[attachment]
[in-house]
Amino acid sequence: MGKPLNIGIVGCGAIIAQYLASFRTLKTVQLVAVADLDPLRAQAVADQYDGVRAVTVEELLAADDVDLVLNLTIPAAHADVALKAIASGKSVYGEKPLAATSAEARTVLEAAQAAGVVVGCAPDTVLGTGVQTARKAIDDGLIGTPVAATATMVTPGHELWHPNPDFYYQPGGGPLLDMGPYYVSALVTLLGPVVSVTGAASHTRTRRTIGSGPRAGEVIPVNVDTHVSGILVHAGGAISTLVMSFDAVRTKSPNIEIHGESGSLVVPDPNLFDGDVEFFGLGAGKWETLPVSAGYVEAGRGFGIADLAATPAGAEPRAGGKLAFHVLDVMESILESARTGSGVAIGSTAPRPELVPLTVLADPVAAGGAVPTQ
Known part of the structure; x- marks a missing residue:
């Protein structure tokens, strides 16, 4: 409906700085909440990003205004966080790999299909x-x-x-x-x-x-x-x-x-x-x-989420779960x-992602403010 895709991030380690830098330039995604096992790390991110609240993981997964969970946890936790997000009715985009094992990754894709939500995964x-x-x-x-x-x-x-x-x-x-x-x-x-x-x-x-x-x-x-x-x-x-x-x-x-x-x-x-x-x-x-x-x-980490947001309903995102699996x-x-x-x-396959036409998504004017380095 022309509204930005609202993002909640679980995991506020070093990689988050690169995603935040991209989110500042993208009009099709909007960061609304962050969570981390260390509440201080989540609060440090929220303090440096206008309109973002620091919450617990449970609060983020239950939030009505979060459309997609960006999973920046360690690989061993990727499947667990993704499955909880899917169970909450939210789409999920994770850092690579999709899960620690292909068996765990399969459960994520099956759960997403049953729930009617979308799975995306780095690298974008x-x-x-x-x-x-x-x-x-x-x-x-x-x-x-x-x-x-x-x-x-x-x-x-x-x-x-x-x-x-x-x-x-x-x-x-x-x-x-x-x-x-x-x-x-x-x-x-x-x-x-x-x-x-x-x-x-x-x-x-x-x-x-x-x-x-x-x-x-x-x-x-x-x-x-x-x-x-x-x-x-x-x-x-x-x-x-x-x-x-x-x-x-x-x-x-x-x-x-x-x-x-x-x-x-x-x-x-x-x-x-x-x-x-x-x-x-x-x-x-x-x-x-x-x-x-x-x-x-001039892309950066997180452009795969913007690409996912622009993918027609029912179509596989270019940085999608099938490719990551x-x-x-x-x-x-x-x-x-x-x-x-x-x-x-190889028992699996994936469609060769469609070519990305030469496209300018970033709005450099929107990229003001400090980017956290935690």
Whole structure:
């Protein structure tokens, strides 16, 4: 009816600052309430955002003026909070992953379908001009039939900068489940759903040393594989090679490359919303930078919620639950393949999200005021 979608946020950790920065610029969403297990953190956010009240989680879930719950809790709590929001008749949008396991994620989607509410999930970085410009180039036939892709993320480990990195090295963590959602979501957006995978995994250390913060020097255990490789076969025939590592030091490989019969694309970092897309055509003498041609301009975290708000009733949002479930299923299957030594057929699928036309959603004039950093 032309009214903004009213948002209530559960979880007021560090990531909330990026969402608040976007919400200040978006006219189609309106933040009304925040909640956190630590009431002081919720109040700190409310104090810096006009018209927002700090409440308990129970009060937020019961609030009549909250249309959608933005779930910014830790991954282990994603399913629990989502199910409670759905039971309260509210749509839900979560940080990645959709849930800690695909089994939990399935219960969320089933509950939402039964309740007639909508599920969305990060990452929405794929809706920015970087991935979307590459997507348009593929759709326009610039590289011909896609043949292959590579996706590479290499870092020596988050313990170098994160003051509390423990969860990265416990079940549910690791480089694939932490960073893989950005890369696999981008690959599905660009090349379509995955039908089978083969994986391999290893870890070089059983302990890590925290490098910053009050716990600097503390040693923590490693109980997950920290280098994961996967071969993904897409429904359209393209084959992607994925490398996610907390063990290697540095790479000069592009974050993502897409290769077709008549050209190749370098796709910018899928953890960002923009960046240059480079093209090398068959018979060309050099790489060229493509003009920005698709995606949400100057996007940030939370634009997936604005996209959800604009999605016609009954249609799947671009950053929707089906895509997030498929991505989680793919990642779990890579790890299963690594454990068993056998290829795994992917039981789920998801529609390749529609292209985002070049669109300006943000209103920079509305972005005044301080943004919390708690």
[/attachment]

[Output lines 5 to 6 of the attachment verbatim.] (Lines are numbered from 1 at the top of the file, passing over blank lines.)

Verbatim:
Whole structure:
């Protein structure tokens, strides 16, 4: 009816600052309430955002003026909070992953379908001009039939900068489940759903040393594989090679490359919303930078919620639950393949999200005021 979608946020950790920065610029969403297990953190956010009240989680879930719950809790709590929001008749949008396991994620989607509410999930970085410009180039036939892709993320480990990195090295963590959602979501957006995978995994250390913060020097255990490789076969025939590592030091490989019969694309970092897309055509003498041609301009975290708000009733949002479930299923299957030594057929699928036309959603004039950093 032309009214903004009213948002209530559960979880007021560090990531909330990026969402608040976007919400200040978006006219189609309106933040009304925040909640956190630590009431002081919720109040700190409310104090810096006009018209927002700090409440308990129970009060937020019961609030009549909250249309959608933005779930910014830790991954282990994603399913629990989502199910409670759905039971309260509210749509839900979560940080990645959709849930800690695909089994939990399935219960969320089933509950939402039964309740007639909508599920969305990060990452929405794929809706920015970087991935979307590459997507348009593929759709326009610039590289011909896609043949292959590579996706590479290499870092020596988050313990170098994160003051509390423990969860990265416990079940549910690791480089694939932490960073893989950005890369696999981008690959599905660009090349379509995955039908089978083969994986391999290893870890070089059983302990890590925290490098910053009050716990600097503390040693923590490693109980997950920290280098994961996967071969993904897409429904359209393209084959992607994925490398996610907390063990290697540095790479000069592009974050993502897409290769077709008549050209190749370098796709910018899928953890960002923009960046240059480079093209090398068959018979060309050099790489060229493509003009920005698709995606949400100057996007940030939370634009997936604005996209959800604009999605016609009954249609799947671009950053929707089906895509997030498929991505989680793919990642779990890579790890299963690594454990068993056998290829795994992917039981789920998801529609390749529609292209985002070049669109300006943000209103920079509305972005005044301080943004919390708690």